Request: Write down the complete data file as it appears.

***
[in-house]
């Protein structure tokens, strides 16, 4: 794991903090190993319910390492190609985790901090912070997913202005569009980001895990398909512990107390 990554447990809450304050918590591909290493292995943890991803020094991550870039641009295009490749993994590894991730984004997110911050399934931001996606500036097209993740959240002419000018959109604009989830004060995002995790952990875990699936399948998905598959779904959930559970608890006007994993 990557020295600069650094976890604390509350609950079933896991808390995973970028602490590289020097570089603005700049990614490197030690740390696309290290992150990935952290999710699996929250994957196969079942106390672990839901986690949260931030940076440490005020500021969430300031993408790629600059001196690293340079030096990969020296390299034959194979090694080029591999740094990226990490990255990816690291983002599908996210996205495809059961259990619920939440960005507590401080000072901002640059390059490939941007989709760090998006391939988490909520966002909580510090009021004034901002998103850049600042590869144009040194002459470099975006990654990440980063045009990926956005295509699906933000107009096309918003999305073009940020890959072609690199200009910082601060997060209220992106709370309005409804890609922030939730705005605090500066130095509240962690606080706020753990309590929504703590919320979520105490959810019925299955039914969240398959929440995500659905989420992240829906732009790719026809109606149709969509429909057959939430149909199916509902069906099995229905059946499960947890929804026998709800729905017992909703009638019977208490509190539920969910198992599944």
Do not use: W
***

[in-house]
């Protein structure tokens, strides 16, 4: 794991903090190993319910390492190609985790901090912070997913202005569009980001895990398909512990107390 990554447990809450304050918590591909290493292995943890991803020094991550870039641009295009490749993994590894991730984004997110911050399934931001996606500036097209993740959240002419000018959109604009989830004060995002995790952990875990699936399948998905598959779904959930559970608890006007994993 990557020295600069650094976890604390509350609950079933896991808390995973970028602490590289020097570089603005700049990614490197030690740390696309290290992150990935952290999710699996929250994957196969079942106390672990839901986690949260931030940076440490005020500021969430300031993408790629600059001196690293340079030096990969020296390299034959194979090694080029591999740094990226990490990255990816690291983002599908996210996205495809059961259990619920939440960005507590401080000072901002640059390059490939941007989709760090998006391939988490909520966002909580510090009021004034901002998103850049600042590869144009040194002459470099975006990654990440980063045009990926956005295509699906933000107009096309918003999305073009940020890959072609690199200009910082601060997060209220992106709370309005409804890609922030939730705005605090500066130095509240962690606080706020753990309590929504703590919320979520105490959810019925299955039914969240398959929440995500659905989420992240829906732009790719026809109606149709969509429909057959939430149909199916509902069906099995229905059946499960947890929804026998709800729905017992909703009638019977208490509190539920969910198992599944």
Do not use: W